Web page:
If passengers onboard a flight are pre-cleared, the airline and ground handler can use that information to determine where those passengers’ bags are loaded in the hold. That way, it can be taken off first. The same would apply for passengers who may have rented a car or ordered a taxi as part of their booking. Cars can be brought to the kerb and taxis sent to the taxi stand to synchronize with the flow of arriving passengers.
New, intuitive approaches therefore need to take on a ‘passenger-centric’ view that unlocks the pathway to seamless, secure and frictionless journeys.
What advice might governments want to consider?
It’s important to review current paper-based processes and identify which ones can be digitized and what regulations or policies may need to change. For example, if governments receive high quality, verified electronic data from the passenger and/or the airline, what’s the value of stamping a passport? Or having passengers fill out a landing card and customs declaration form? A digital version enables additional checks, statistics and deeper insights. By improving and accelerating controls at the border, we need to see what else we can do to drive even more improvements.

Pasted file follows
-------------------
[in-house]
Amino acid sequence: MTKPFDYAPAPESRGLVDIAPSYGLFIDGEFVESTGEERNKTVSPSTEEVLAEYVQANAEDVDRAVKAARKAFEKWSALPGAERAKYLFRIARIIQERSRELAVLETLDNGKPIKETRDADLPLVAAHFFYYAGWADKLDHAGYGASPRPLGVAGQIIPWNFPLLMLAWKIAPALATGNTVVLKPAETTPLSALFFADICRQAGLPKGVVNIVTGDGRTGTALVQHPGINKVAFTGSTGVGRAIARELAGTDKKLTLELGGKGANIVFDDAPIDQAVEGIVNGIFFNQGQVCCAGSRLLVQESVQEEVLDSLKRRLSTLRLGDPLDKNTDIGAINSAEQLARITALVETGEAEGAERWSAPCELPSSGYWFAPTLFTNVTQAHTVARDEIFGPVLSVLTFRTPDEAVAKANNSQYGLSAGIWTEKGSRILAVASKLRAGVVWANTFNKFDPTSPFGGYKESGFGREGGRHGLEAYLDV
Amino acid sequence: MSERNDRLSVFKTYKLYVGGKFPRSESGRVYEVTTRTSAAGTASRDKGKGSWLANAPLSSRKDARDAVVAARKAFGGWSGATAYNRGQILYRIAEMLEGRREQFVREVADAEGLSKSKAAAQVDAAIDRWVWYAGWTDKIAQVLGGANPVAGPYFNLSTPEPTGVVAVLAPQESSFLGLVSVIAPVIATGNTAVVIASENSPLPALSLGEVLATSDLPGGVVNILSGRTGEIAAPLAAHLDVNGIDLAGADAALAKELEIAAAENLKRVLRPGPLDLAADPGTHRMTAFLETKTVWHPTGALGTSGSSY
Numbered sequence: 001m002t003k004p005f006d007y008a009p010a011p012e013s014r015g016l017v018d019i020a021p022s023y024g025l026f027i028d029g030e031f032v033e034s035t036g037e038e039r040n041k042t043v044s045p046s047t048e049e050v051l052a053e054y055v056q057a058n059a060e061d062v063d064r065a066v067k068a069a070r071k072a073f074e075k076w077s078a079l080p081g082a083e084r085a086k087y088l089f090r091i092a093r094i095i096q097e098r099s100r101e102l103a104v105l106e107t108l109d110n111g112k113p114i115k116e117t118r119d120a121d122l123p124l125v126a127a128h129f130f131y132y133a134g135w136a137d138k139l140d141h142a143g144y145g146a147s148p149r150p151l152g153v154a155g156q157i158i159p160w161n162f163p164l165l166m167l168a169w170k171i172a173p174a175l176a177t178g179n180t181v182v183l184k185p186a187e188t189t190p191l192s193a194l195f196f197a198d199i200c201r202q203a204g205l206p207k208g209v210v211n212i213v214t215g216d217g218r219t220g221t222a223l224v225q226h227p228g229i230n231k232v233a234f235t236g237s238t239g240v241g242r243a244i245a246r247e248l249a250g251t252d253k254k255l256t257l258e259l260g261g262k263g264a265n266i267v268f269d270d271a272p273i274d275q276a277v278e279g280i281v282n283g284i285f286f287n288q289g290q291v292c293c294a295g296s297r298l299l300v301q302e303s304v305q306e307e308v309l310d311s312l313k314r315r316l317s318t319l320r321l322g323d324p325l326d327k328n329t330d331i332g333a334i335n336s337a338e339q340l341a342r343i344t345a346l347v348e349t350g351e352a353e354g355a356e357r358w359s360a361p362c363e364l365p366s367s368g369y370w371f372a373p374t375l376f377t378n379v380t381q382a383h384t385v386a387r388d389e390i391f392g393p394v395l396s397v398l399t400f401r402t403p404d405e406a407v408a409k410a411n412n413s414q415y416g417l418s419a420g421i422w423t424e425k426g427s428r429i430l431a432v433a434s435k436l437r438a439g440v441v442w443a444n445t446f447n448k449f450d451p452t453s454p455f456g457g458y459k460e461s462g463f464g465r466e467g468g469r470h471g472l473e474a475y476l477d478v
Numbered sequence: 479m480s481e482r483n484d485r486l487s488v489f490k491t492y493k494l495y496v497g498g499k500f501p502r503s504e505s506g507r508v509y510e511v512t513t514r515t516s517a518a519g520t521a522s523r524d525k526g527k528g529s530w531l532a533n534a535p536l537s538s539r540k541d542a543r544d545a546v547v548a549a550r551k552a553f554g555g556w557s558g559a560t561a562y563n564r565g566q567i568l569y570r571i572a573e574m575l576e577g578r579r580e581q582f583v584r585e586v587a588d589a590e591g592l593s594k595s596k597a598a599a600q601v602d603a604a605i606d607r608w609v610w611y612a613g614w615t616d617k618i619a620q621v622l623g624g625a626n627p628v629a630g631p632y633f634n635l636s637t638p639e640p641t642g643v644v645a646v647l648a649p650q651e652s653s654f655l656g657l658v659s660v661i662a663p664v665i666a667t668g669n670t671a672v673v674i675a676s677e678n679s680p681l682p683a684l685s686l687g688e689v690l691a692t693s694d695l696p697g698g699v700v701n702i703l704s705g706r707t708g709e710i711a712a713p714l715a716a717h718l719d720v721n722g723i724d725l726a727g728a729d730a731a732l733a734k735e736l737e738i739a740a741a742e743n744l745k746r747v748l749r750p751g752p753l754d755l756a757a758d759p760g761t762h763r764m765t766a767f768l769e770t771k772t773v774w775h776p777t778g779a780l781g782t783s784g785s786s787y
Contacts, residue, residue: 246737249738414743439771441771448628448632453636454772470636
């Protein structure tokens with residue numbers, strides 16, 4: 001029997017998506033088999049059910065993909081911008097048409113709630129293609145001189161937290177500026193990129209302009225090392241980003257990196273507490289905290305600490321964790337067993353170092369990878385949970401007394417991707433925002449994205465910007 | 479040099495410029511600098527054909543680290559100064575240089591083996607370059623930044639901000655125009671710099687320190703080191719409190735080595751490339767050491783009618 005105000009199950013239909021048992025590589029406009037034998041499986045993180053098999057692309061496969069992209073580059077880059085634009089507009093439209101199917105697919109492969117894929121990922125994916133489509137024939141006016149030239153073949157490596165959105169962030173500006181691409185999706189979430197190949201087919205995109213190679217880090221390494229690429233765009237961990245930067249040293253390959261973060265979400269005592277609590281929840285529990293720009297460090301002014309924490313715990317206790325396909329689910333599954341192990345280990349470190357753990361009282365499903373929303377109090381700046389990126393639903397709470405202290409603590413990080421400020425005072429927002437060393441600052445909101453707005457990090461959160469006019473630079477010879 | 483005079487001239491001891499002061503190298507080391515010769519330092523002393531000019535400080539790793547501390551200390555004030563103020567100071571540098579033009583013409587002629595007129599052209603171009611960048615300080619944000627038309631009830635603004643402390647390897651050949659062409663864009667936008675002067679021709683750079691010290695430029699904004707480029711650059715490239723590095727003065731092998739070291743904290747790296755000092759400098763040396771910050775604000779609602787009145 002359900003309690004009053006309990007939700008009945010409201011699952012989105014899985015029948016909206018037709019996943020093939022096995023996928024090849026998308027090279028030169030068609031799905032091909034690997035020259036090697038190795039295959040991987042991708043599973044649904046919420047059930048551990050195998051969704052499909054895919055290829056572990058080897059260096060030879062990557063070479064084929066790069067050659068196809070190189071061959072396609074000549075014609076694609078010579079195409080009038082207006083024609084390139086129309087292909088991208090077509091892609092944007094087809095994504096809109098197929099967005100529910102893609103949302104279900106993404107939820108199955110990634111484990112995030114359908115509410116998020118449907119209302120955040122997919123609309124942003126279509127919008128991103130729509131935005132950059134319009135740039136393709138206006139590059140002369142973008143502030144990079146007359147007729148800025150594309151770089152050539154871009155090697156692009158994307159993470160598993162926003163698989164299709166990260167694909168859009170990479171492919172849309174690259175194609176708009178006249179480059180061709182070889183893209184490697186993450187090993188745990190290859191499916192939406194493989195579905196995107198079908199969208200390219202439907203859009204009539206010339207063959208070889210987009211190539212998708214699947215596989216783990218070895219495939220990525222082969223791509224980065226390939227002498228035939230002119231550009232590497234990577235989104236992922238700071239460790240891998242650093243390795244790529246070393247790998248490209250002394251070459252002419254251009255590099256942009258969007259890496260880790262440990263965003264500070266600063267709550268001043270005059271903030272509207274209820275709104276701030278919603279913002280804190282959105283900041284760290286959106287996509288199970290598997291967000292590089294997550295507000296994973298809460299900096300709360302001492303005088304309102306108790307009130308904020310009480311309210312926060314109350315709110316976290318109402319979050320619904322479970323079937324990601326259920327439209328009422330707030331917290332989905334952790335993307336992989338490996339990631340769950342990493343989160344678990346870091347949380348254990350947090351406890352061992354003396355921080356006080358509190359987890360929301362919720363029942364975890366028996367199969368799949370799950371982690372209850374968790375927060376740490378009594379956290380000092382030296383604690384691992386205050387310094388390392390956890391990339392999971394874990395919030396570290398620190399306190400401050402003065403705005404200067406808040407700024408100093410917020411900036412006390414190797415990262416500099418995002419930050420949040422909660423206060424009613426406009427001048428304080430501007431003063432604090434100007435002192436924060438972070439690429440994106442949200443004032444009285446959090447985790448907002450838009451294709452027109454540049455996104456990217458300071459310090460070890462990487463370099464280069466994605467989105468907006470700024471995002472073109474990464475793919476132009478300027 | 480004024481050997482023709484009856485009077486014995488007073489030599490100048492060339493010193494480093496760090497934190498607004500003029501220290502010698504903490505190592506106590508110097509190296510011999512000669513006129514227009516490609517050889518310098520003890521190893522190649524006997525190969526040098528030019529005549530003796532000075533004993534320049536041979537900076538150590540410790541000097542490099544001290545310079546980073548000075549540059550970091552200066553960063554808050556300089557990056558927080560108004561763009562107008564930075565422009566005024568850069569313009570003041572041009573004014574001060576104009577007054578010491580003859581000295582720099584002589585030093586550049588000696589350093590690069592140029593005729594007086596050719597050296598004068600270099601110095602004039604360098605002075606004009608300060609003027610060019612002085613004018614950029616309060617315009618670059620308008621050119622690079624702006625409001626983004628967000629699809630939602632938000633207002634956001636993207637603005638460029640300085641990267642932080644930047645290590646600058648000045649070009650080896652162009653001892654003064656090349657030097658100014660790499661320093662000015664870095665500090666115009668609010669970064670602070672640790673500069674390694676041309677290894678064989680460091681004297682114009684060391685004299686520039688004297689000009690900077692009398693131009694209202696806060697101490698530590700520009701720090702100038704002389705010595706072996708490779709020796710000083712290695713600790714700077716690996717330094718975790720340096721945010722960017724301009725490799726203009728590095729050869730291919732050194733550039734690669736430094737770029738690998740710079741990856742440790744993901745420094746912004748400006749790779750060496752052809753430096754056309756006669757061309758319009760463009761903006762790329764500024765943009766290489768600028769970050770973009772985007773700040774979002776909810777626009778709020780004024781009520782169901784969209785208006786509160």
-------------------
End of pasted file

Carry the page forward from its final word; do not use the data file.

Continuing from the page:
Governments will want to understand their responsibilities with regard to the storage of personally identifiable information and how that aligns with national data protection requirements and international benchmarks, such as the EU’s General Data Protection Regulation (GDPR).
They will want to work with partners who have not only done this type of work before, but who also understand the environments in which they need to be used; and how to integrate it with the systems and processes already in place.
Finally, I’d like to stress that trials and proof-of-concept projects are a really good way to test new processes and ideas before rolling them out on a larger scale. Importantly, the industry must collaborate with governments to co-create a more integrated ecosystem, rather than just building standalone niche solutions. Integration across countries, ports, carriers and identity services will deliver exponentially greater benefits.
Let’s bring stakeholders together
One of the main ways we can help governments is to bring stakeholders together. This demands an understanding of government, airline and airport systems. Perhaps more importantly than the ability to interconnect systems, it requires an understanding of the business processes in place.
I’d also like to underline the importance of developing a Global Passenger Data & Identity Management Trust Framework to interconnect stakeholders. This will enable them to make better use of high quality, verified data – confident it has been accurately captured and verified – and exchanged in a way that everyone can use it and trust it. With a Global Trust Framework, we wouldn’t need to develop initiatives and programs for specific (and limited) cohorts of passengers.
It’s this type of thinking that helps governments have greater confidence in their plans to build secure, frictionless borders and accelerate the crossing of ever-increasing numbers of passengers.